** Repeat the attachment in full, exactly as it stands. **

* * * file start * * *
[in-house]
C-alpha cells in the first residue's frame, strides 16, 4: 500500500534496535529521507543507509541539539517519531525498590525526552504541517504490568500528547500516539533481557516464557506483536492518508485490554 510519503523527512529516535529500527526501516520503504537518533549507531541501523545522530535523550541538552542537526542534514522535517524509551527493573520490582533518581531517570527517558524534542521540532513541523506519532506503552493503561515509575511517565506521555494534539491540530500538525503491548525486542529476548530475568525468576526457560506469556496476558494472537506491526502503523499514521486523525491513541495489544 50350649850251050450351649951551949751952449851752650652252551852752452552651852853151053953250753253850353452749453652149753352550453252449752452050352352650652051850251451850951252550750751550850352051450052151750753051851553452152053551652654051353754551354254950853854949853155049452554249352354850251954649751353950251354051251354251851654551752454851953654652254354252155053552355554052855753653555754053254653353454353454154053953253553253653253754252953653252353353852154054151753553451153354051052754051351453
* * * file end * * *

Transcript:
[in-house]
C-alpha cells in the first residue's frame, strides 16, 4: 500500500534496535529521507543507509541539539517519531525498590525526552504541517504490568500528547500516539533481557516464557506483536492518508485490554 510519503523527512529516535529500527526501516520503504537518533549507531541501523545522530535523550541538552542537526542534514522535517524509551527493573520490582533518581531517570527517558524534542521540532513541523506519532506503552493503561515509575511517565506521555494534539491540530500538525503491548525486542529476548530475568525468576526457560506469556496476558494472537506491526502503523499514521486523525491513541495489544 50350649850251050450351649951551949751952449851752650652252551852752452552651852853151053953250753253850353452749453652149753352550453252449752452050352352650652051850251451850951252550750751550850352051450052151750753051851553452152053551652654051353754551354254950853854949853155049452554249352354850251954649751353950251354051251354251851654551752454851953654652254354252155053552355554052855753653555754053254653353454353454154053953253553253653253754252953653252353353852154054151753553451153354051052754051351453